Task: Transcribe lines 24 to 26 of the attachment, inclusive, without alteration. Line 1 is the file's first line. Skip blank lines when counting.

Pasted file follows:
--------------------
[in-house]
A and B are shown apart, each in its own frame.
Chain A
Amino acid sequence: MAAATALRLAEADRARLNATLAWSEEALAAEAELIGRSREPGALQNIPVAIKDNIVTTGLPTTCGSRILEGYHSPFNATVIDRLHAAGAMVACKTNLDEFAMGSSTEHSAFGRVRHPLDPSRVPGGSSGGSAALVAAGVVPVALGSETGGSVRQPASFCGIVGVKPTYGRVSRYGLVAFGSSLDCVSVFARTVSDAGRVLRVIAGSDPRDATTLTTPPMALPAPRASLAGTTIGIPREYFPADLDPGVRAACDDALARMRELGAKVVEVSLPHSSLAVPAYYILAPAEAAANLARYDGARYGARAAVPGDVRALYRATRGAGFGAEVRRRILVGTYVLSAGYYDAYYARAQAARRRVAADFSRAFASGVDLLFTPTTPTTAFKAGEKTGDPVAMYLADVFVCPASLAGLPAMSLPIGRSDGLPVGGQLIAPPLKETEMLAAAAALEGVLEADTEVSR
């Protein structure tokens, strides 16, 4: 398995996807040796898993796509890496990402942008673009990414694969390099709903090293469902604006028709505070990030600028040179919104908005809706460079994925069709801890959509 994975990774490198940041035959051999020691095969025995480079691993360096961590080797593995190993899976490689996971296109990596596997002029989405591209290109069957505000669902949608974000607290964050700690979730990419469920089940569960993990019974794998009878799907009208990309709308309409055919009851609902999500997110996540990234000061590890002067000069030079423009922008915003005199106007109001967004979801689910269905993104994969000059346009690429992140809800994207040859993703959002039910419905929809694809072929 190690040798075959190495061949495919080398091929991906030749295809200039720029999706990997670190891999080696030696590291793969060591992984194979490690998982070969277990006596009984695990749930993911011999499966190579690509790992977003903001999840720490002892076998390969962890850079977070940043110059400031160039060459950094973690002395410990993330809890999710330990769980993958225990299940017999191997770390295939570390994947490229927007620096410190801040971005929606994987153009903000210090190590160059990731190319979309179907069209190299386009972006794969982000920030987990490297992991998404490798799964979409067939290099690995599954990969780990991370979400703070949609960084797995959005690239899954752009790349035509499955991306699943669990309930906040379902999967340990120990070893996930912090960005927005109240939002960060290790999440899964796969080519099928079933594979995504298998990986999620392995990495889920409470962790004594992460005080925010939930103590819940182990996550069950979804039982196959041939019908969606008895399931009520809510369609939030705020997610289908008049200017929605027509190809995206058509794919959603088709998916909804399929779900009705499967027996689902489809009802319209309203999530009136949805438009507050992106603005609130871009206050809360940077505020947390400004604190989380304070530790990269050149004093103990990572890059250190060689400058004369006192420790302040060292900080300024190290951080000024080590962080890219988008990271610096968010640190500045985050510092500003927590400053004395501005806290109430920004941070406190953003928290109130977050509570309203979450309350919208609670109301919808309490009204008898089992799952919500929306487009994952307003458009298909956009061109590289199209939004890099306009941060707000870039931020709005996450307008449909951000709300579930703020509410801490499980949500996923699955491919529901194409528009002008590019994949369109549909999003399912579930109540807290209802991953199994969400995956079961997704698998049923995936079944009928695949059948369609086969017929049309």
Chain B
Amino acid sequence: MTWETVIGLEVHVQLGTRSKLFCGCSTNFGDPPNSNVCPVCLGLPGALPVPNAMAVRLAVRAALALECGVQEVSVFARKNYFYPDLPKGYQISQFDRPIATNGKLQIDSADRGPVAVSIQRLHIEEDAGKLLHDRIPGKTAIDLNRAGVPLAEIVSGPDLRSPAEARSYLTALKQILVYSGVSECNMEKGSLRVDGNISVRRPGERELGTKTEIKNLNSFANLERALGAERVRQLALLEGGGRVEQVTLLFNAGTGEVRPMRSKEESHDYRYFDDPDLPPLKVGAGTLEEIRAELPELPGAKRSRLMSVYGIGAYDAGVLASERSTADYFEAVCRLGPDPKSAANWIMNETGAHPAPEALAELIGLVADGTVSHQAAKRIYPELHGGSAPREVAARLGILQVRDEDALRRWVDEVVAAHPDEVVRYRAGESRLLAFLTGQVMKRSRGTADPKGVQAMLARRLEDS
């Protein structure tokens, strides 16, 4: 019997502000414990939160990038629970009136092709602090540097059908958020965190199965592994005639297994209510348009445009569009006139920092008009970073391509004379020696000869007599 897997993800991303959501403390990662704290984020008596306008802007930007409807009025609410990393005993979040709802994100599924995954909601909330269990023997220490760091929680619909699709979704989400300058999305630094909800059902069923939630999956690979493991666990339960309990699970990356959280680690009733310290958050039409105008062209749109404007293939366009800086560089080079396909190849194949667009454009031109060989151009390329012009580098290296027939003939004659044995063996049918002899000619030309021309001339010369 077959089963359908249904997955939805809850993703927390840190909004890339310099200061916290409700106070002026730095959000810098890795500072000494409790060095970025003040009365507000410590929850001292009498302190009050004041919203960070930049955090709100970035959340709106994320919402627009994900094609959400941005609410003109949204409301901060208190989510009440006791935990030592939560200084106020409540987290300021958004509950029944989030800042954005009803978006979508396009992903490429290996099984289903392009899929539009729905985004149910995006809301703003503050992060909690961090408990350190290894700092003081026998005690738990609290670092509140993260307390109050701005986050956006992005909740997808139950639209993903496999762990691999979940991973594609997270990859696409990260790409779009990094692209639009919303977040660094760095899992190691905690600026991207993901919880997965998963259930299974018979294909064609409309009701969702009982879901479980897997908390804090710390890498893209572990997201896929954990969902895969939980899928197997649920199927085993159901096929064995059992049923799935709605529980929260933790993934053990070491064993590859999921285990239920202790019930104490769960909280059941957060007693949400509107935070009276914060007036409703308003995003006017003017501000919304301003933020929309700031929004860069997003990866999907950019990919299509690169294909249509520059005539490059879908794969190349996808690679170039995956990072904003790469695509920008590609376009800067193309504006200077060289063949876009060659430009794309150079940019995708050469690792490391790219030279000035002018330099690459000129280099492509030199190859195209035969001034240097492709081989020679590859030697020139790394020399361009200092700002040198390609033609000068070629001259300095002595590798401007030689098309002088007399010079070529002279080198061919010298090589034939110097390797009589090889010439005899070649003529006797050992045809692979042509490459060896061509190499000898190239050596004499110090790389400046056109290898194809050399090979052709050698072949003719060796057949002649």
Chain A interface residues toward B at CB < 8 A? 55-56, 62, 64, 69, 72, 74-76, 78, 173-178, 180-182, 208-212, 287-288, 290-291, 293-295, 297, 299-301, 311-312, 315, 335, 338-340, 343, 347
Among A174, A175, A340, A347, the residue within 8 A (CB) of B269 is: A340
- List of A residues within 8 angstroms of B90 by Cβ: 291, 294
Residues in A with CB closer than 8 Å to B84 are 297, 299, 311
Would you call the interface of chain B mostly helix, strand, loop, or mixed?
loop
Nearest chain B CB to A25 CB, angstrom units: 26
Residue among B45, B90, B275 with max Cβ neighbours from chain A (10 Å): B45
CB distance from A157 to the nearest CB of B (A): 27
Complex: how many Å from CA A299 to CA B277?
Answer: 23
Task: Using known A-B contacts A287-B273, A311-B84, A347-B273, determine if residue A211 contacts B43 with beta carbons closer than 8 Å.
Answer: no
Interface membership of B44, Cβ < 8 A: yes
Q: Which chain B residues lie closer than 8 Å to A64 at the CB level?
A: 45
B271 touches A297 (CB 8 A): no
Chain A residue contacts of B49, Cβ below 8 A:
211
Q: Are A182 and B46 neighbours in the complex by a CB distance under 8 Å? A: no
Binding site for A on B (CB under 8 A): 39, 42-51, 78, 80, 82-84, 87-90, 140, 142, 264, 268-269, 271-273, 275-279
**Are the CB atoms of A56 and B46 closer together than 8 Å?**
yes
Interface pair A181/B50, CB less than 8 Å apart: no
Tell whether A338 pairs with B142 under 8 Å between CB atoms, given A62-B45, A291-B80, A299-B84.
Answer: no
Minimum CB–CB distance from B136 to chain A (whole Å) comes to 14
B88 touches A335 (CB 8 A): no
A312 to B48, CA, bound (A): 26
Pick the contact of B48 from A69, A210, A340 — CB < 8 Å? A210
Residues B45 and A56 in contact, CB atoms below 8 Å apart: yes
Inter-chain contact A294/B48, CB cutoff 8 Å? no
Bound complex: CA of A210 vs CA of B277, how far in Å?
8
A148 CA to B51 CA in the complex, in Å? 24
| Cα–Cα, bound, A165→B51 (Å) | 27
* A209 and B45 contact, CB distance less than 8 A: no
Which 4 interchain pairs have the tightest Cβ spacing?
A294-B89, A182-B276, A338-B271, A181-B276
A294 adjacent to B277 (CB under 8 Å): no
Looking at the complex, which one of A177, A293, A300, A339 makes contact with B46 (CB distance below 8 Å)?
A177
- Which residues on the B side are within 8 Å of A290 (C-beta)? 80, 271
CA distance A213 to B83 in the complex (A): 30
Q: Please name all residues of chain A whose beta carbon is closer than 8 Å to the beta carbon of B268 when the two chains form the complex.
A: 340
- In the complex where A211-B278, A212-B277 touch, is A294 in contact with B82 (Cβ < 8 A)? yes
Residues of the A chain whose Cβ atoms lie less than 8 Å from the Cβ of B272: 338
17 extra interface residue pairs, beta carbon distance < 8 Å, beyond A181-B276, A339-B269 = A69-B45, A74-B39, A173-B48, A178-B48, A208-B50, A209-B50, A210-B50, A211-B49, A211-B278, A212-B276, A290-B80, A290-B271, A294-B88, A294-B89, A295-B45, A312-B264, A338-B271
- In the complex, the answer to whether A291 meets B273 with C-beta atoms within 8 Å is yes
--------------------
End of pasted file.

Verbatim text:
A: 45
B271 touches A297 (CB 8 A): no
Chain A residue contacts of B49, Cβ below 8 A: